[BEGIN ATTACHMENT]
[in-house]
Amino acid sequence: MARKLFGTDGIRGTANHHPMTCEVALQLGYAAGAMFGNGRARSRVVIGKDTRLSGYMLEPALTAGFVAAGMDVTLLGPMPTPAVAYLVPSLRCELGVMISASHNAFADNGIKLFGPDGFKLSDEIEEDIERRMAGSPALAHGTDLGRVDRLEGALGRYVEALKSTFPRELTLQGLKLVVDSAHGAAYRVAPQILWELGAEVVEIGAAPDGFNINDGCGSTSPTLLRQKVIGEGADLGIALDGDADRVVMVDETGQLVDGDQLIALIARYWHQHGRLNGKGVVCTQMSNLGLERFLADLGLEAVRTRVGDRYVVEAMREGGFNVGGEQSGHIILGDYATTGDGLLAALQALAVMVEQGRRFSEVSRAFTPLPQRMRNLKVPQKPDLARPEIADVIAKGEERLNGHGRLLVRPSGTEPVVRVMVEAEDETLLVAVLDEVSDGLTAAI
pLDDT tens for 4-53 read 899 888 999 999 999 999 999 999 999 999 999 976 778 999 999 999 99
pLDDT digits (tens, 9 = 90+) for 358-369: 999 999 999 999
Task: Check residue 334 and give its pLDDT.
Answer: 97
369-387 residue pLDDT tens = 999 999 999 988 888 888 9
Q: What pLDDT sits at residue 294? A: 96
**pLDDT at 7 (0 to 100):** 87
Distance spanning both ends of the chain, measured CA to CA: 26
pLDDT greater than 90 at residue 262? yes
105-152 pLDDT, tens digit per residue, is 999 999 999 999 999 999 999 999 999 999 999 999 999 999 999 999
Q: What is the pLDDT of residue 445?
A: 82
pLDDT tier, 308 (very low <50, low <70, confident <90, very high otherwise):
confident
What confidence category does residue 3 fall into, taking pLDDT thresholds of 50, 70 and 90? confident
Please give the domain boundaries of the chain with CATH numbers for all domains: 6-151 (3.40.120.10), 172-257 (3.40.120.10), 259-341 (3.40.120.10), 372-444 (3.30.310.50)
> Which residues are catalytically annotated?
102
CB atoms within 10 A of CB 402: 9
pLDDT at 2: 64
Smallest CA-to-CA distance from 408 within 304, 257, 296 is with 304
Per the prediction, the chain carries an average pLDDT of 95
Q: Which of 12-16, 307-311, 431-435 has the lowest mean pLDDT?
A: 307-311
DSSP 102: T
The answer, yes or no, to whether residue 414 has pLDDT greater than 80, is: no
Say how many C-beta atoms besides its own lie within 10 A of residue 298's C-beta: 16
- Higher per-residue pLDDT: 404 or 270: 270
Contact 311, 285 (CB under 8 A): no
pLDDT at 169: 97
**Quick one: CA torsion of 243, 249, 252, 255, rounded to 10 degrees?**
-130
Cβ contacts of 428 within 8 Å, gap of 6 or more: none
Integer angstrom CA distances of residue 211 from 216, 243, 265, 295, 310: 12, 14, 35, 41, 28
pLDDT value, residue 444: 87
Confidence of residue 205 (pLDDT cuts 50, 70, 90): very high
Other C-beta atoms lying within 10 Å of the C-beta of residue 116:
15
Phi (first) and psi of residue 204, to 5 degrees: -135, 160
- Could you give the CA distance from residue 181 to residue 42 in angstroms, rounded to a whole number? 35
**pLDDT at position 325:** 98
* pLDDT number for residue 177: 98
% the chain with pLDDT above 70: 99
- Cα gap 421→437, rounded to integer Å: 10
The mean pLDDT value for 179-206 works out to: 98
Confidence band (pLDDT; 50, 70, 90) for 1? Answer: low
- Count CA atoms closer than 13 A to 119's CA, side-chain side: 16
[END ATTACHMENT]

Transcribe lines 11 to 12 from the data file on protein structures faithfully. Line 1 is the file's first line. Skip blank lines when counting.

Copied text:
pLDDT greater than 90 at residue 262? yes
105-152 pLDDT, tens digit per residue, is 999 999 999 999 999 999 999 999 999 999 999 999 999 999 999 999